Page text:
The Mask As a Symbol of Fear

RUSH: Don, Salinas, California, I'm glad you waited, sir. Welcome to the program. You're next to join me, the bummed out host today. Hello.

CALLER: Hi, Mr. Limbaugh. Let me first thank you for your courage and inspirational voice in this corona mess. I really appreciate it. And I would like to put this observation that I have. You know, the visual representation of how devastating this virus is never appeared. The truckloads of dead bodies never really happened. The overflowing hospitals with people dying on the sidewalks outside never really happened.

So now the curve is flattening and they're desperately looking for some way to show us how bad this disease is so all of a sudden it morphs from being a hand-to-mouth disease to the coronavirus is an aerial Ninja and you need to put a mask on when you leave your house to when you come back. And the main reason I can see for this is, it's the only visual they have of this virus being dangerous. And if you say, "I want my life back, please give me my job back," they'll say, "No, no. Can't you see? Everybody's wearing a mask. It's dangerous out there. It's dangerous."

RUSH: So let me make sure I understand it your theory. Your theory, the mask, everybody wearing masks is about the only sign they can make us use to create the impression that there's a silent, deadly killer out there.

CALLER: That's it, yes.

RUSH: And so everybody's gotta wear a mask. And, by the way, I have heard, I've seen members of the Drive-By Media, by the way, very supportive of the idea that the mask may become a permanent aspect of American public life.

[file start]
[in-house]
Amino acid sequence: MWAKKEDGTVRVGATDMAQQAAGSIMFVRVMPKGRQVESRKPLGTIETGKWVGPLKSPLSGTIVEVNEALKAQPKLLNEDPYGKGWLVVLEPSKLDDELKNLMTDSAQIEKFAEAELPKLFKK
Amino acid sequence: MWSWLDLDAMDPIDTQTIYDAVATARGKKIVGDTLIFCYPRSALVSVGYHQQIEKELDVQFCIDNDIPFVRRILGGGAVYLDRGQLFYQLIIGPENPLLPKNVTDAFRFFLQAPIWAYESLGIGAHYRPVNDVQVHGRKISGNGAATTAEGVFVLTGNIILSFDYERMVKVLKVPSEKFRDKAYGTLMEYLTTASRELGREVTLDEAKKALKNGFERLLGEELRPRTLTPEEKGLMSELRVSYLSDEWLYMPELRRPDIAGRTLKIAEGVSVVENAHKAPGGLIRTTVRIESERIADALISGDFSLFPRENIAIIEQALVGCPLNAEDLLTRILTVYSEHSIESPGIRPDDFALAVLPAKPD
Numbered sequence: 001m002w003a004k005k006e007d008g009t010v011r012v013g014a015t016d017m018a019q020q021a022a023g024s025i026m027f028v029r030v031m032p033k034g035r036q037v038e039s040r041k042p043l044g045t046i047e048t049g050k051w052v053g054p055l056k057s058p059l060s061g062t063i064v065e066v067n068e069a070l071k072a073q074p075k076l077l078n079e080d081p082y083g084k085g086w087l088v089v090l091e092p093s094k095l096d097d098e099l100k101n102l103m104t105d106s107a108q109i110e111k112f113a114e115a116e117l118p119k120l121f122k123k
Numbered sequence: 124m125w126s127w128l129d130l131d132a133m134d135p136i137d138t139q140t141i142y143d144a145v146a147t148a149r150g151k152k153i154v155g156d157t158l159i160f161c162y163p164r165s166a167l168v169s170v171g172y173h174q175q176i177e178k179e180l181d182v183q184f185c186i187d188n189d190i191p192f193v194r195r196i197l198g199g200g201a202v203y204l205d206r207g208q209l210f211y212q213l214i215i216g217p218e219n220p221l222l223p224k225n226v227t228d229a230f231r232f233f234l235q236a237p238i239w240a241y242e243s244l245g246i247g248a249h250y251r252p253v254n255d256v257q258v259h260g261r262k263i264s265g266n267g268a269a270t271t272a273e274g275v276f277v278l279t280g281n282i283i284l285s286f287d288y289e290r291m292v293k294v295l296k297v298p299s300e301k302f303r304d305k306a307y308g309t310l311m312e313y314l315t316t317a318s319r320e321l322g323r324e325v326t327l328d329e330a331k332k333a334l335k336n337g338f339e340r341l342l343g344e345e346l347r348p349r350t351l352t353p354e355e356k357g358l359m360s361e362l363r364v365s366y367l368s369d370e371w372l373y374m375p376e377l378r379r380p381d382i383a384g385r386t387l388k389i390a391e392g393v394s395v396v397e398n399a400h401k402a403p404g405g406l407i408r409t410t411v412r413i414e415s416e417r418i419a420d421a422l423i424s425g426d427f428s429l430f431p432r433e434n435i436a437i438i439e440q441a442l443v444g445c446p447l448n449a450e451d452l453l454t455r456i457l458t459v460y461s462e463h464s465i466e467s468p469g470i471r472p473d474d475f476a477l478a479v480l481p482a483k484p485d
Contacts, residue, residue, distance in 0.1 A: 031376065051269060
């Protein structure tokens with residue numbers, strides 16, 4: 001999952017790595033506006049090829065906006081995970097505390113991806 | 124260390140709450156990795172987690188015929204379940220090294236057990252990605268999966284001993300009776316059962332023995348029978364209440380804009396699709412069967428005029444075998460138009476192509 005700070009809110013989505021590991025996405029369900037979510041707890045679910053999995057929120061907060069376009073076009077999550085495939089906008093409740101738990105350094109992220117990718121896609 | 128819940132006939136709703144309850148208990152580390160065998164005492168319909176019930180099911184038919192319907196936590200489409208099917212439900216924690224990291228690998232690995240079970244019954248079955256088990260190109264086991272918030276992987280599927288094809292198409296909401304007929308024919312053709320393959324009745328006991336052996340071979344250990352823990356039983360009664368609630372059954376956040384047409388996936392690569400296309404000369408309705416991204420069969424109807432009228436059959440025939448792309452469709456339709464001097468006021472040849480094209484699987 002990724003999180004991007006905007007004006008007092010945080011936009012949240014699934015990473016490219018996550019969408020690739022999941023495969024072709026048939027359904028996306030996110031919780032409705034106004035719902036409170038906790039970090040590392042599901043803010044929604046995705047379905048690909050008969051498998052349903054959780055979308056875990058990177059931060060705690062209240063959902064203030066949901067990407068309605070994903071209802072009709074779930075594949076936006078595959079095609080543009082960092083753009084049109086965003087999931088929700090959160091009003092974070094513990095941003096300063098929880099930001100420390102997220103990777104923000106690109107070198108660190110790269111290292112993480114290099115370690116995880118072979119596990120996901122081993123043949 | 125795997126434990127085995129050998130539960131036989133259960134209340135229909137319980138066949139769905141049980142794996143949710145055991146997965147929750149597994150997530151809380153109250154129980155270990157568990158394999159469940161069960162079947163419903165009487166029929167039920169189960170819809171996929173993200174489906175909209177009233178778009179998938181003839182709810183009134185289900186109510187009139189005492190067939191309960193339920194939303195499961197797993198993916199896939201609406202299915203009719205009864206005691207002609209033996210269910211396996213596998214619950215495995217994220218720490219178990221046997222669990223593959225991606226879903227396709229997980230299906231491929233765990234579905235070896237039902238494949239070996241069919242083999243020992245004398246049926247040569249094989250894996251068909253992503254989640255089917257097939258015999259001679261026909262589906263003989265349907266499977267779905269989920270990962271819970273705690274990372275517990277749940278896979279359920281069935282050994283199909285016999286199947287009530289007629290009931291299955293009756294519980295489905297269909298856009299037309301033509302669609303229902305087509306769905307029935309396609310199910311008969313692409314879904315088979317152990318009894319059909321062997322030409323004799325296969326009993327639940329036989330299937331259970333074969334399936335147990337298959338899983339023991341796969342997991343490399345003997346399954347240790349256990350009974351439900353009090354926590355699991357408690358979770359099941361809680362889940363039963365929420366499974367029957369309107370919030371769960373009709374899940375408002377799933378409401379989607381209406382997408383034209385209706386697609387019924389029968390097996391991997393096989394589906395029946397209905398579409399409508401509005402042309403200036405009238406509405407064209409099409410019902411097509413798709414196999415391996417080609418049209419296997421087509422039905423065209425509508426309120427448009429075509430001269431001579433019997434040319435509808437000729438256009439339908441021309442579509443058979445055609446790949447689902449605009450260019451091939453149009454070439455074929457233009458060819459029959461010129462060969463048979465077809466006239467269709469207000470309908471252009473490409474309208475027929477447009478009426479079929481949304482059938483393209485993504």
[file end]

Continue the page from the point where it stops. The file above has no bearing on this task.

CALLER: It's insane. If you remember at the very beginning it was wash your hands, don't touch your mouth. Then all of a sudden no, no, this thing will fly around corners and jump in your mouth and you'll die.

RUSH: Oh, yeah, we have videos of how it spreads across supermarket aisles when you're buying frozen peas.

CALLER: Yes. It's insane. But this is like the flailing of --

RUSH: How dare you laugh during this time of national -- you're laughing out there while this is happening. I can't believe you. I'm tempted to join you. No. I'm just kidding. I'm getting playful here to kind of dispute this notion that I'm bummed out today.

BREAK TRANSCRIPT

RUSH: I like that last caller's theory, the mask is the symbol of fear, the sign that you're at risk, the sign nothing is going to get better.

BREAK TRANSCRIPT

RUSH: A note from Mr. Snerdley: "Can you explain to me why TV people doing outdoor shots with nobody nearby are wearing masks? The cameraman's the only person nearby, and they can be over six feet away." I think it's precisely to create the image of fear.

They're wearing a mask because either they legitimately are afraid that that virus is lurking out there and it's racing through the air and targeting them or because, I tell you, how they've been ordered to behave by their boss. I mean, if the people that employ you tell you to wear a mask out there, that's what you're gonna do. I know CNN's not wearing a mask. Their people are not wearing masks.

Reporters in the pressroom where there is not six feet of separation, they may... (interruption) No, no, I know you mean reporters on the street. I'm talking about even in the pressroom as well, they're not wearing masks. But it is clear that the mask is a symbol of fear, and when you see various people suggesting that we may now have masks as part of our public lives for the rest of our lives? Uh, why?

Why?

What happened to the simple question of, "Why?" We've had pandemics before. We've had runaway viruses, and we've had highly contagious and virulent viruses. We've not done this. Look, I think it's useful.

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